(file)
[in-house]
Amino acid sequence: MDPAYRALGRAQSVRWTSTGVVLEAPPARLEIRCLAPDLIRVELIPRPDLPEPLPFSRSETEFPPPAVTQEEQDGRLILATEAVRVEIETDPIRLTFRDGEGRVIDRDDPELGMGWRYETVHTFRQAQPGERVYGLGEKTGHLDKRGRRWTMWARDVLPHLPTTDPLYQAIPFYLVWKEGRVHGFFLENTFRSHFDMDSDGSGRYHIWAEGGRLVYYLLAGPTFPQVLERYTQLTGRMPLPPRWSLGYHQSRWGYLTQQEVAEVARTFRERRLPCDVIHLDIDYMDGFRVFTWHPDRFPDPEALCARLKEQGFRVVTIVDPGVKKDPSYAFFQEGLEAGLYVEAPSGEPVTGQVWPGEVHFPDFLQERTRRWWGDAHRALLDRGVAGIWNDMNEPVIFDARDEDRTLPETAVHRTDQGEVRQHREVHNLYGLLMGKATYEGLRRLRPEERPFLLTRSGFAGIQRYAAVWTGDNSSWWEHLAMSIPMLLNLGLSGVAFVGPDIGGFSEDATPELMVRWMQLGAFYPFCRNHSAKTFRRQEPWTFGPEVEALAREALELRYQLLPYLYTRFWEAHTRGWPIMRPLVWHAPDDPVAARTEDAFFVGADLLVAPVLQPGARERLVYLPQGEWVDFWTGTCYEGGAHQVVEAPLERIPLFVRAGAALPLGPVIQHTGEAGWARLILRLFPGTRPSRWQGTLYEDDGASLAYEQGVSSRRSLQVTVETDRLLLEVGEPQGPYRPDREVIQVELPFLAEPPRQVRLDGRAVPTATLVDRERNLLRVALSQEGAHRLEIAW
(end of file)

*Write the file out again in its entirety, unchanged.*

[in-house]
Amino acid sequence: MDPAYRALGRAQSVRWTSTGVVLEAPPARLEIRCLAPDLIRVELIPRPDLPEPLPFSRSETEFPPPAVTQEEQDGRLILATEAVRVEIETDPIRLTFRDGEGRVIDRDDPELGMGWRYETVHTFRQAQPGERVYGLGEKTGHLDKRGRRWTMWARDVLPHLPTTDPLYQAIPFYLVWKEGRVHGFFLENTFRSHFDMDSDGSGRYHIWAEGGRLVYYLLAGPTFPQVLERYTQLTGRMPLPPRWSLGYHQSRWGYLTQQEVAEVARTFRERRLPCDVIHLDIDYMDGFRVFTWHPDRFPDPEALCARLKEQGFRVVTIVDPGVKKDPSYAFFQEGLEAGLYVEAPSGEPVTGQVWPGEVHFPDFLQERTRRWWGDAHRALLDRGVAGIWNDMNEPVIFDARDEDRTLPETAVHRTDQGEVRQHREVHNLYGLLMGKATYEGLRRLRPEERPFLLTRSGFAGIQRYAAVWTGDNSSWWEHLAMSIPMLLNLGLSGVAFVGPDIGGFSEDATPELMVRWMQLGAFYPFCRNHSAKTFRRQEPWTFGPEVEALAREALELRYQLLPYLYTRFWEAHTRGWPIMRPLVWHAPDDPVAARTEDAFFVGADLLVAPVLQPGARERLVYLPQGEWVDFWTGTCYEGGAHQVVEAPLERIPLFVRAGAALPLGPVIQHTGEAGWARLILRLFPGTRPSRWQGTLYEDDGASLAYEQGVSSRRSLQVTVETDRLLLEVGEPQGPYRPDREVIQVELPFLAEPPRQVRLDGRAVPTATLVDRERNLLRVALSQEGAHRLEIAW